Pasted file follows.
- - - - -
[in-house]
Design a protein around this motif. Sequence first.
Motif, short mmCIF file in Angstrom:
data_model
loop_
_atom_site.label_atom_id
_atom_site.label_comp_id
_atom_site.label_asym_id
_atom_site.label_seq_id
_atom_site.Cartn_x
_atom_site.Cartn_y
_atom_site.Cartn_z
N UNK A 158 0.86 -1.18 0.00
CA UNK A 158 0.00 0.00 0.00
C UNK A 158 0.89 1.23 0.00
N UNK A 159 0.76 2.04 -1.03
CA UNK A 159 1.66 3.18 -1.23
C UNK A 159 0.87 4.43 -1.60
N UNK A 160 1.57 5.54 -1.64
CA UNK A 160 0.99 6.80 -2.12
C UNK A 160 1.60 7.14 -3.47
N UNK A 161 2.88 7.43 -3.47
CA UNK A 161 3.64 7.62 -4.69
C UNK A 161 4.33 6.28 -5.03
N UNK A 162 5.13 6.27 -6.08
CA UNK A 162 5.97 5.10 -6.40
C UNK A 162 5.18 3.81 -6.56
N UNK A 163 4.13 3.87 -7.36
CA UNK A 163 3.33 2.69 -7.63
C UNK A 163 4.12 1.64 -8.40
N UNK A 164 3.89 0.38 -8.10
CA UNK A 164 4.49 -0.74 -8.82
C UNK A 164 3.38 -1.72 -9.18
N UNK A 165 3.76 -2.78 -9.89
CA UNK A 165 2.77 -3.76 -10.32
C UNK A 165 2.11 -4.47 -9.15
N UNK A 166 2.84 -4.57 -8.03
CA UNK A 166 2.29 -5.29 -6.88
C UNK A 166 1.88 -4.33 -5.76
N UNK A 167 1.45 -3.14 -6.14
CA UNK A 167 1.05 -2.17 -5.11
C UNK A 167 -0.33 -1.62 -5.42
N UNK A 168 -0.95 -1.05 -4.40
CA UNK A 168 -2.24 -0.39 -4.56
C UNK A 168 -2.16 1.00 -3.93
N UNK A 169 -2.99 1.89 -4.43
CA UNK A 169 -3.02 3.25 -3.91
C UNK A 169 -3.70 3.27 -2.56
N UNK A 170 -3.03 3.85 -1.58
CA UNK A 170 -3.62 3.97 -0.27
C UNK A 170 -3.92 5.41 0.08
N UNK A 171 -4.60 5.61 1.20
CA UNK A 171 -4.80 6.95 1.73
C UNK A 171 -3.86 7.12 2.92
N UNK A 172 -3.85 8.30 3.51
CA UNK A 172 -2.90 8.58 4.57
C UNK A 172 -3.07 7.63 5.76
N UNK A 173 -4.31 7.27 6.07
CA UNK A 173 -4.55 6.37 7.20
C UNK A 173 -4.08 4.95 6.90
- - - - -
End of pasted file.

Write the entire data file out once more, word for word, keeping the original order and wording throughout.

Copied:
[in-house]
Design a protein around this motif. Sequence first.
Motif, short mmCIF file in Angstrom:
data_model
loop_
_atom_site.label_atom_id
_atom_site.label_comp_id
_atom_site.label_asym_id
_atom_site.label_seq_id
_atom_site.Cartn_x
_atom_site.Cartn_y
_atom_site.Cartn_z
N UNK A 158 0.86 -1.18 0.00
CA UNK A 158 0.00 0.00 0.00
C UNK A 158 0.89 1.23 0.00
N UNK A 159 0.76 2.04 -1.03
CA UNK A 159 1.66 3.18 -1.23
C UNK A 159 0.87 4.43 -1.60
N UNK A 160 1.57 5.54 -1.64
CA UNK A 160 0.99 6.80 -2.12
C UNK A 160 1.60 7.14 -3.47
N UNK A 161 2.88 7.43 -3.47
CA UNK A 161 3.64 7.62 -4.69
C UNK A 161 4.33 6.28 -5.03
N UNK A 162 5.13 6.27 -6.08
CA UNK A 162 5.97 5.10 -6.40
C UNK A 162 5.18 3.81 -6.56
N UNK A 163 4.13 3.87 -7.36
CA UNK A 163 3.33 2.69 -7.63
C UNK A 163 4.12 1.64 -8.40
N UNK A 164 3.89 0.38 -8.10
CA UNK A 164 4.49 -0.74 -8.82
C UNK A 164 3.38 -1.72 -9.18
N UNK A 165 3.76 -2.78 -9.89
CA UNK A 165 2.77 -3.76 -10.32
C UNK A 165 2.11 -4.47 -9.15
N UNK A 166 2.84 -4.57 -8.03
CA UNK A 166 2.29 -5.29 -6.88
C UNK A 166 1.88 -4.33 -5.76
N UNK A 167 1.45 -3.14 -6.14
CA UNK A 167 1.05 -2.17 -5.11
C UNK A 167 -0.33 -1.62 -5.42
N UNK A 168 -0.95 -1.05 -4.40
CA UNK A 168 -2.24 -0.39 -4.56
C UNK A 168 -2.16 1.00 -3.93
N UNK A 169 -2.99 1.89 -4.43
CA UNK A 169 -3.02 3.25 -3.91
C UNK A 169 -3.70 3.27 -2.56
N UNK A 170 -3.03 3.85 -1.58
CA UNK A 170 -3.62 3.97 -0.27
C UNK A 170 -3.92 5.41 0.08
N UNK A 171 -4.60 5.61 1.20
CA UNK A 171 -4.80 6.95 1.73
C UNK A 171 -3.86 7.12 2.92
N UNK A 172 -3.85 8.30 3.51
CA UNK A 172 -2.90 8.58 4.57
C UNK A 172 -3.07 7.63 5.76
N UNK A 173 -4.31 7.27 6.07
CA UNK A 173 -4.55 6.37 7.20
C UNK A 173 -4.08 4.95 6.90